Throughout my travels as I have been attending conferences and visiting ministries, I have invited folks to send me short write-ups on their ministries and, with the understanding that, as I was able, I would post them on this blog. My hope in doing this is by no means to touch upon all ministries with a Presbyterian connection, but only to gives glimpses of the breadth and depth in which we engage in ministry around the world.
One of the locations that I will not able to attend because of my trip to Haiti is the Synod of the Southwest's Crossing Borders Event [PDF Flyer]. In the course of the discourse about my withdrawal from this event, I made contact with many folks who have been active in both local and national immigration advocacy and action. One person is Presbyterian Pastor Rev. Trina Zelle from the Interfaith Alliance for Worker Justice in Arizona.
Here are some of Trina's thoughts on immigration . . .
Three years ago this month, I went to Altar, Sonora, Mexico, with a church group. Altar is a small community 60 miles south of the US/ Mexico border where people gather before beginning the long walk through the southern Arizona desert to el Norte and hoped-for jobs. During our stay, we visited a huéspederia, a place where people stay for a night or two as they prepare for their journey. I was struck by the large number of young faces I saw there and stricken by thoughts of what lay in store for them. We spoke together through our translator for awhile and then we joined each other in prayer: for their safety; for the well being of their families; for an end to this ongoing crisis.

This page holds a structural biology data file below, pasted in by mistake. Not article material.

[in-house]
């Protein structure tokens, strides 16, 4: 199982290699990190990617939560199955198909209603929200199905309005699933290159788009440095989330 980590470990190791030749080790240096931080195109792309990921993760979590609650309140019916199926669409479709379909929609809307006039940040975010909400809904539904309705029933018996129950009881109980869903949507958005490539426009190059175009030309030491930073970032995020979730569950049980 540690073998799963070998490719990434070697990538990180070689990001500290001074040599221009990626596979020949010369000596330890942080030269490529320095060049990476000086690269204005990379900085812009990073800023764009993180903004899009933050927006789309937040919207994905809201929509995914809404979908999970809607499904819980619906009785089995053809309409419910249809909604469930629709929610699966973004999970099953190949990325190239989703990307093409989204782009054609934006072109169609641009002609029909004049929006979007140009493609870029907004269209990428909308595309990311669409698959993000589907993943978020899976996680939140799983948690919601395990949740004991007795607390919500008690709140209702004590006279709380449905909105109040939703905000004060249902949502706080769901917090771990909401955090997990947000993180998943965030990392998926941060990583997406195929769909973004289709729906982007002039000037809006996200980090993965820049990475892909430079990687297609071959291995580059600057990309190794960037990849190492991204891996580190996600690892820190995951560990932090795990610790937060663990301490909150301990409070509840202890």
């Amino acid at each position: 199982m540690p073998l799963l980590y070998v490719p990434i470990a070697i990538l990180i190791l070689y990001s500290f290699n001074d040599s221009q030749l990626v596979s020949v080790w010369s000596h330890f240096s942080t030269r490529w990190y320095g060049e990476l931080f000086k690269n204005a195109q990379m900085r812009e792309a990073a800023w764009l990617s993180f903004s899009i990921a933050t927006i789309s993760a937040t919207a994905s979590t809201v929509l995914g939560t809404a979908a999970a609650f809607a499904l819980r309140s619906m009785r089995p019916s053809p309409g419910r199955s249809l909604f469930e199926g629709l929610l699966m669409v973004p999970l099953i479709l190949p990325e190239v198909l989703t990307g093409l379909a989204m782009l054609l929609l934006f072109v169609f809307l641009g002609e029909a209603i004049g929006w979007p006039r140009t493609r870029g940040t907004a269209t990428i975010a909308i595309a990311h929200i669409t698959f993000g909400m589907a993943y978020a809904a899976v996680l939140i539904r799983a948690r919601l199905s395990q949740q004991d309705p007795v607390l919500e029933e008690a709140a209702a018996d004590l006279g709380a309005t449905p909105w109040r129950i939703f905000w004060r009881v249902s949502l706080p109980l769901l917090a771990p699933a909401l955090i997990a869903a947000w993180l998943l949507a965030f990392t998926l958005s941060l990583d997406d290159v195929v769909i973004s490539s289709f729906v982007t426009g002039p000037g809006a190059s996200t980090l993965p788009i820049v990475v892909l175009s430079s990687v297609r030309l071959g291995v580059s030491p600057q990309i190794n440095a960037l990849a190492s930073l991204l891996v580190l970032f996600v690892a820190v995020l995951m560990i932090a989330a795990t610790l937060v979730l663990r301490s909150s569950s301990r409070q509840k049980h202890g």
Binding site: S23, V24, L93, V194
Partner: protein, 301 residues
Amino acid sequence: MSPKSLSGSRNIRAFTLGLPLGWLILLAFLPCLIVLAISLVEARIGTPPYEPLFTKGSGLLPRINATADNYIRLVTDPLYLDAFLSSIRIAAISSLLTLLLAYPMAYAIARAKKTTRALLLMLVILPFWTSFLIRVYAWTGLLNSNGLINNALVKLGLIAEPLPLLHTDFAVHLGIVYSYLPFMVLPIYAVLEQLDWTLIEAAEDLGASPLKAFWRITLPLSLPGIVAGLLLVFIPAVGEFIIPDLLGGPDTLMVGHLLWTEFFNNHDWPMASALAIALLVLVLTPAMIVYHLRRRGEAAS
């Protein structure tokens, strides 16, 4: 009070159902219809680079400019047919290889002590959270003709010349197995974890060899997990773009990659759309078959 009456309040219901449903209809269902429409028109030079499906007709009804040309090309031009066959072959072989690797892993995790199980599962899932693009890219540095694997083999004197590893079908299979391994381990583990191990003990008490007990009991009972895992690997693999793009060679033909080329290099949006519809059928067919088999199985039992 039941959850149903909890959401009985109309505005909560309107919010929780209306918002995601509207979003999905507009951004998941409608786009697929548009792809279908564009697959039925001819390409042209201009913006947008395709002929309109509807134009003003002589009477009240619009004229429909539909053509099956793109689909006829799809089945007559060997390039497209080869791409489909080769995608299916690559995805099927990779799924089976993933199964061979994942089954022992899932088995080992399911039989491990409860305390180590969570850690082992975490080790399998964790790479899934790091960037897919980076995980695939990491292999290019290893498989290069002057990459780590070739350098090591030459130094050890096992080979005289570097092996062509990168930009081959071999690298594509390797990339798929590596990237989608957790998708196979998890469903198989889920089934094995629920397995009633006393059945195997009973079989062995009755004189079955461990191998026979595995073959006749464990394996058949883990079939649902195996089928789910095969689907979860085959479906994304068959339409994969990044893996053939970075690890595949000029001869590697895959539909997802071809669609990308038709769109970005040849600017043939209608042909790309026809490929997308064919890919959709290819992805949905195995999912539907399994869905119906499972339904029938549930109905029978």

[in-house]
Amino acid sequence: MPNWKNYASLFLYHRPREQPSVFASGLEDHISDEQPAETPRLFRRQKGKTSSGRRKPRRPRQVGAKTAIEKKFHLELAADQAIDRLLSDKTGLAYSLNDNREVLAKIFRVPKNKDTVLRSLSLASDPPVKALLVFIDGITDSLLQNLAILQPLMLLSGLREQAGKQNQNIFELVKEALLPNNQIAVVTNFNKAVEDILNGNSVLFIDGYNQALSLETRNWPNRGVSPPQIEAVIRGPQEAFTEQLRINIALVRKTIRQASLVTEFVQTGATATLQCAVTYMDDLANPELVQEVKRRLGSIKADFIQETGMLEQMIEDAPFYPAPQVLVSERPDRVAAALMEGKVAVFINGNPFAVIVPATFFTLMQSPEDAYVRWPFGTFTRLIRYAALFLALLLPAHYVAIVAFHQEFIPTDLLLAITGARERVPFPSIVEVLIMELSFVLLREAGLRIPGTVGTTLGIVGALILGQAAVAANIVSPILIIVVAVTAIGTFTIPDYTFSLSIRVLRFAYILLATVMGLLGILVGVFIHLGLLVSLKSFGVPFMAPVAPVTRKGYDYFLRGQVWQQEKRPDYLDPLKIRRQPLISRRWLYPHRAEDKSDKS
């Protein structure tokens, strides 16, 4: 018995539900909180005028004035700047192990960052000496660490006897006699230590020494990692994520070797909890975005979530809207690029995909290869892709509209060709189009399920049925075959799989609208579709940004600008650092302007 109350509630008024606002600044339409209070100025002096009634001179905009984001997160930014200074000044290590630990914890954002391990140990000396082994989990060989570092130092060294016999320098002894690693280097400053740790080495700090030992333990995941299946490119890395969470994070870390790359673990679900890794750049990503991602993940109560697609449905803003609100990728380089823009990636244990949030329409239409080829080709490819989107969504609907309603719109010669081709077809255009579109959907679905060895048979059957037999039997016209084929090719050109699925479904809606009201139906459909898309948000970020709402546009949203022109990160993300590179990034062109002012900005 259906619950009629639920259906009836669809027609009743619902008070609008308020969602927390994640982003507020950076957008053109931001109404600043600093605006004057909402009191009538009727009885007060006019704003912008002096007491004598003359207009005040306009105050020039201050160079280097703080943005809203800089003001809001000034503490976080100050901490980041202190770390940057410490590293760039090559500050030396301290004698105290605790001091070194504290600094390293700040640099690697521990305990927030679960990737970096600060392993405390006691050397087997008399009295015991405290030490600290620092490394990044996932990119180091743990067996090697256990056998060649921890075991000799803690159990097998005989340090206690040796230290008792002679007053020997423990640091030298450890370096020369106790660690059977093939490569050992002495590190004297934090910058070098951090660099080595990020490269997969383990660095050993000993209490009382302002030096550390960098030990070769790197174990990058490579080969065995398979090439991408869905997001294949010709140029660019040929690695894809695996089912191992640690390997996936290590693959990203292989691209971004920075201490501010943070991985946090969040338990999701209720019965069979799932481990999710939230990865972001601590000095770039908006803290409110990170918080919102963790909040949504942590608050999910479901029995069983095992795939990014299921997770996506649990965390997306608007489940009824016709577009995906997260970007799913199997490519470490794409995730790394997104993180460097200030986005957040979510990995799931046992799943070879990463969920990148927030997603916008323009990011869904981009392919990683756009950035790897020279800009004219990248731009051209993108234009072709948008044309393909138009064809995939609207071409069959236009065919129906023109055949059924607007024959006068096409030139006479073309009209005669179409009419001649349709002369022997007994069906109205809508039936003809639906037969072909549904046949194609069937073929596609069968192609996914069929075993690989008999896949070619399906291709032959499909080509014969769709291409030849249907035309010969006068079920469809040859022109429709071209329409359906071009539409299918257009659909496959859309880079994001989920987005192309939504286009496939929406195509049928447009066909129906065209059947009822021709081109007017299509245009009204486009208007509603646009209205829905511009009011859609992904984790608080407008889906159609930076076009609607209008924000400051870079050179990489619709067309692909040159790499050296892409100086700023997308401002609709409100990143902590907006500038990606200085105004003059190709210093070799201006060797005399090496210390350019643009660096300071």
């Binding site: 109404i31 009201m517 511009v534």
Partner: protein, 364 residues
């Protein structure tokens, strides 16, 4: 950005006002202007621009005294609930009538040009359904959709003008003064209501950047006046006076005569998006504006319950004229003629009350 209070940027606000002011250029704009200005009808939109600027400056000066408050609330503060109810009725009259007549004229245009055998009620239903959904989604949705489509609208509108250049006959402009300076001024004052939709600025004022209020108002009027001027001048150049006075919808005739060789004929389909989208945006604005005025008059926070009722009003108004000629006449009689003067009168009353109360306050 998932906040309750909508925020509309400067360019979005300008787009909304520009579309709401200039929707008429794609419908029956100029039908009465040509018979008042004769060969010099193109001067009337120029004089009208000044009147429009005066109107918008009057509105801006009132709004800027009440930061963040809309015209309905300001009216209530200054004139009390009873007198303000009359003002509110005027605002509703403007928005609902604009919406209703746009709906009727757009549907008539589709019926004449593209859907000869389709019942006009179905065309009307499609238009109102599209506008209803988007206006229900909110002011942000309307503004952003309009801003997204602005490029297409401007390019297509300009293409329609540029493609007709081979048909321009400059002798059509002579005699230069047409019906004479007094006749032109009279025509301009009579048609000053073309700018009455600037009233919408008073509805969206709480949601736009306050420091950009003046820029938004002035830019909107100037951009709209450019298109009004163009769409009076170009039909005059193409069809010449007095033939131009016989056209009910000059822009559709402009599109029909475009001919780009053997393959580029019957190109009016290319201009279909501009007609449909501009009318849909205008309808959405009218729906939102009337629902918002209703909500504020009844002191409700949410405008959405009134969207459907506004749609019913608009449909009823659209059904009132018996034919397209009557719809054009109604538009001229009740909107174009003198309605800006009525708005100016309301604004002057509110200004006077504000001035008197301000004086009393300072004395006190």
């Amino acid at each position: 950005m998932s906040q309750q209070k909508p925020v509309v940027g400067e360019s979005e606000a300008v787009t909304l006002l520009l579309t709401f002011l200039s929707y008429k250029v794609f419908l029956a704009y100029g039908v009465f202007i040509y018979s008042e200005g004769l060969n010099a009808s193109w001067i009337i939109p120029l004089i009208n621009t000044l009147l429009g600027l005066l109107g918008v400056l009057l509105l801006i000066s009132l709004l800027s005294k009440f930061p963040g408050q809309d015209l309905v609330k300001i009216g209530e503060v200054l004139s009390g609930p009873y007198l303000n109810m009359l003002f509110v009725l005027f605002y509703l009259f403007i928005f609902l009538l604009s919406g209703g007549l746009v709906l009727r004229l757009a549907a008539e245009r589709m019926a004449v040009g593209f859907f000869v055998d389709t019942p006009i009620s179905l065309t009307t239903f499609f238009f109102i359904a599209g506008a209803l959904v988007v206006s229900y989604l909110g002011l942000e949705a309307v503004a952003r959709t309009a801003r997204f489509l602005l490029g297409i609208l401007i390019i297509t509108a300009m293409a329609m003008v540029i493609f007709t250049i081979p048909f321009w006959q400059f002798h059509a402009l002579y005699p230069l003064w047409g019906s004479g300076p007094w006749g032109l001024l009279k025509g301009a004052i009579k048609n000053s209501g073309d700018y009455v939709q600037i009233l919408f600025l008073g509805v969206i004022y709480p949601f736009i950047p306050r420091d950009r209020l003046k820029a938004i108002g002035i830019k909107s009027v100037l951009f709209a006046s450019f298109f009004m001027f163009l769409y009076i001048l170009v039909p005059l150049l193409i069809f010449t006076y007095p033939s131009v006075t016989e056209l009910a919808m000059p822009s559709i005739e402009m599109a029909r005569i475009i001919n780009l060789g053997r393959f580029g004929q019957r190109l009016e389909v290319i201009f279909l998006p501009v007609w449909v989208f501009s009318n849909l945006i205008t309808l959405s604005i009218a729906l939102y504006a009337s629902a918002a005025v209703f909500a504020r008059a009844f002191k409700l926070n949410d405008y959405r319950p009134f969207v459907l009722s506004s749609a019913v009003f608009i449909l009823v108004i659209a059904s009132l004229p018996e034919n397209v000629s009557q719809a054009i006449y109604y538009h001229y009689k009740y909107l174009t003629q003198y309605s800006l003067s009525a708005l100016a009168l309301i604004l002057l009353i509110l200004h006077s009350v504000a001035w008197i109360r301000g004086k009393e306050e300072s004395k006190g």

On the drive back from the border to Phoenix, as huge, white prison buses passed me on the road, it occurred to me that a lot of people were making money off of these, and other migrants. From the coyote networks that recruit and transport – and often abandon them in the desert, to our bulked up border security apparatus; to politicians and TV personalities who build careers by fanning fear and hatred, to the private prisons that hold them, to the transportation companies that deport them, to the employers who underpay them if they pay them at all.
Three years later, immigrant misery is still a growth industry for my state and this nation as a whole. If anything, the hatred and fear has gained an even stronger foothold. I believe that as persons of faith, we tolerate this situation at our own souls peril. We also need to be as wise as Jesus told his disciples to be. A lot of people are making a lot of money keeping things the way they are. Any discussion about immigration needs to recognize this fact. It is not simply a matter of debunking myths and setting aside misconceptions and prejudices (important as these things are) but confronting the economic interests that have succeeded in making a difficult situation even worse and guaranteeing its continuation.
The Presbyterian Church (USA) has been engaged in immigration issues for decades and in the current discourse on immigration and c we are continue to be a prophetic and thoughtful voice in a sea of unhelpful rhetoric. From working with immigrant communities on our borders and around the country to working on comprehensive immigration reform, Presbyterians have been involved for a very long time.
So, what about you . . .
- How is your congregation, presbytery, synod or individually, how you all are – or are not – engaged with immigration issues in your communities: working with families, government involvement, advocacy, etc.?
- Are there issues that you think folks should be aware of that are part of the immigration dialog?
- Are there other groups, links and resources you would suggest for those seeking more information?
Thanks in advance for your thoughts and remember to check out the Presbyterian Church (USA) immigration site for resources, liturgies and other advocacy resources.